This advertisement is the only surviving indication of the first performance of a Beethoven symphony in London. Although the symphony is unnamed, since it would be a couple of years until programs began to include specific names of pieces, Nicholas Temperley posits that this piece was likely Beethoven’s Symphony No.1 in C Major, Op. 21.
The concert described in this ad is only one example of Great Britain's lively musical culture. British musical festivals could be found all over, such as the Norwich Festival which presented an unidentified Beethoven symphony in 1809. In London specifically, musical opportunity was provided through benefit concerts like the one advertised in The Times in 1803, royally sponsored concerts like the Ancient Concerts (1776-1848), or subscription-based concerts like the Vocal Concerts (1801-1821).
Yet, the regional British festivals programmed excerpts of various Beethoven symphonies more so than full works. Additionally, it is clear from extant programs and newspaper entries that at least from from 1803-1832, Beethoven works like the oratorio Christus am Ölberge were way more popular than the symphonies, with at least 17 performances at British musical festivals compared to Beethoven’s (by far) most popular symphonic work: Symphony No. 5 in C minor, Op. 67, with 13 full performances. In London, the Vocal Concerts primarily focused on vocal music, and the Ancient Concerts were the only series to program symphonies but focused less on contemporary music.
Overall, most of these concert series were made up of vocal songs, virtuosic show pieces, and excerpts from larger works. And they were very long.
By 1812, Beethoven’s symphonies no. 1-6 had been premiered in Vienna, and according to Temperley, Beethoven’s symphonies no. 1-3 had likely been heard in London.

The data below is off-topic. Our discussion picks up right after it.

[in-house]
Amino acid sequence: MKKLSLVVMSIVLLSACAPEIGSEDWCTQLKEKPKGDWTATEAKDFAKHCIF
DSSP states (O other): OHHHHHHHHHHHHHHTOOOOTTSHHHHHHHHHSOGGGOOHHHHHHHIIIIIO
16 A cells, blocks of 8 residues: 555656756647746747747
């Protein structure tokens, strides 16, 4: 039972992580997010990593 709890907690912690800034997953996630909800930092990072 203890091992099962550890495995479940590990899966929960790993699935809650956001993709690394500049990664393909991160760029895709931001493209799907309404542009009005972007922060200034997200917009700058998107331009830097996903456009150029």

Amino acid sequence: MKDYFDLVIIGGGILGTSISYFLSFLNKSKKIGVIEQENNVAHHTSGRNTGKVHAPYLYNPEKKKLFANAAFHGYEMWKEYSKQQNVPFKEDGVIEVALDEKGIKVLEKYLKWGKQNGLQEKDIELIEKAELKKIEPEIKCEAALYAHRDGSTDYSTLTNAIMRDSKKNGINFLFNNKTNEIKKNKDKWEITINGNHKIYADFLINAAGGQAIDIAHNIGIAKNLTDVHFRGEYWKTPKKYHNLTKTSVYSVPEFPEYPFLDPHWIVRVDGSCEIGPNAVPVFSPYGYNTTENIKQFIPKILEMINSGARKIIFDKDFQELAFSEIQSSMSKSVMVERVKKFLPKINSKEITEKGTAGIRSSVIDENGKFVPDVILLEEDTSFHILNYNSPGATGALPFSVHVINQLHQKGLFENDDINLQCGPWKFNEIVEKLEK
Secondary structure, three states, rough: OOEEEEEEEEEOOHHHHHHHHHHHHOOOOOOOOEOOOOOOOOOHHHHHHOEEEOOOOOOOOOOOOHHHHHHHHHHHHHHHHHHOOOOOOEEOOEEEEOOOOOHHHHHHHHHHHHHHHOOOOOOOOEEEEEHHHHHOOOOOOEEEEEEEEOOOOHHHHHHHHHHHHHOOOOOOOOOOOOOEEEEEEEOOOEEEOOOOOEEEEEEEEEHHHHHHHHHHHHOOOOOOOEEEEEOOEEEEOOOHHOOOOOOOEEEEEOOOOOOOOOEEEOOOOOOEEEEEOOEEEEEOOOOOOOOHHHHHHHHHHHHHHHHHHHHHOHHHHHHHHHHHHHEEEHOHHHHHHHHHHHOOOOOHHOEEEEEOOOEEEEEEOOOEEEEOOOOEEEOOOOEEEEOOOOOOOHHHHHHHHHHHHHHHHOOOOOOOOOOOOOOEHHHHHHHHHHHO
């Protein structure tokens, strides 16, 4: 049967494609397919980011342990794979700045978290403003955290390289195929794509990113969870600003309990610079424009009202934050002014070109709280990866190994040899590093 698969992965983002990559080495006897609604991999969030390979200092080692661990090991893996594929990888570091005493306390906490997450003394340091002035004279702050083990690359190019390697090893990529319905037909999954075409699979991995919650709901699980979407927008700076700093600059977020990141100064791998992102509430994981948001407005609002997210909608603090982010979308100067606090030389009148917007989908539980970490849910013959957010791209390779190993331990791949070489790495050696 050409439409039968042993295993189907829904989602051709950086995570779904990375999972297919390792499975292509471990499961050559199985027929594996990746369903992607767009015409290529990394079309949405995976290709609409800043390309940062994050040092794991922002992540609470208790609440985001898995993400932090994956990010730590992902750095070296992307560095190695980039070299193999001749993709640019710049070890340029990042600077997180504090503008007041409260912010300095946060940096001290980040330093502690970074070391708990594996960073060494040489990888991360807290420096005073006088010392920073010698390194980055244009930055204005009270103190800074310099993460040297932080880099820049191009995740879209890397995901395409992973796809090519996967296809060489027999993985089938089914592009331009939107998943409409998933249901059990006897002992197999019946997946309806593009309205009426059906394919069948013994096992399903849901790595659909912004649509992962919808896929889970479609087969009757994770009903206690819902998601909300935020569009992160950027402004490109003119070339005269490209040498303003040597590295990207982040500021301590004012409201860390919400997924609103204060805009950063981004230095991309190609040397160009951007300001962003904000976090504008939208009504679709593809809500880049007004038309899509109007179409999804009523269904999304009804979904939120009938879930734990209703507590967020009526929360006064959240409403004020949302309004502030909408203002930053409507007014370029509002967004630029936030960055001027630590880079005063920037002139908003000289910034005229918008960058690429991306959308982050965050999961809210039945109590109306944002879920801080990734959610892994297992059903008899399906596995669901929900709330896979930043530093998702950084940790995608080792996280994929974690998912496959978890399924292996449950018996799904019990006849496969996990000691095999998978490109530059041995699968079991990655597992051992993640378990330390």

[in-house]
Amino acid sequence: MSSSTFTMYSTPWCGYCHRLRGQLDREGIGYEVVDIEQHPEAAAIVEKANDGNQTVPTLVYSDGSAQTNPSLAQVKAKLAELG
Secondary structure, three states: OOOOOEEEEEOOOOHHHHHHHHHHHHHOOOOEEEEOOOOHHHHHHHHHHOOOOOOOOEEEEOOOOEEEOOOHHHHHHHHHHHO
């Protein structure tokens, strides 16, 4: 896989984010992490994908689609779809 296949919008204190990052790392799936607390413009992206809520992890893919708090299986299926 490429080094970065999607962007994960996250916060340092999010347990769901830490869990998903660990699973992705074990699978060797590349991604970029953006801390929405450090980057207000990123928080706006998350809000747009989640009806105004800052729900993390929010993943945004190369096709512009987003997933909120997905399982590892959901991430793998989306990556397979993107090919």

Interestingly, the relationship is inverted when it comes to the publication of engraved full scores, as the first of these occurred in London. The first editions of Beethoven’s symphonies were published in either Leipzig, Vienna, or Mainz, but usually only as a series of orchestral parts. While the engraved full scores of the first three symphonies were not published in Austria until 1816, or other Germanic regions until 1823; they are all first seen in London by early 1809.
Clearly, even before the Royal Philharmonic Society had its first concert in 1813, there was a demonstrated interest in Beethoven.
Beethoven and the Royal Philharmonic Society (1803-1832)
“Founded in 1813, the Royal Philharmonic Society is the oldest surviving public concert-giving body in the UK and the second oldest in Europe.”
The founding members of the RPS (John Baptist Cramer, Henry Dance, Philip Antony Corri, and Charles Neate) discussed starting this institution as early as January 24, 1813. Many of these men have demonstrated connections to Beethoven’s music.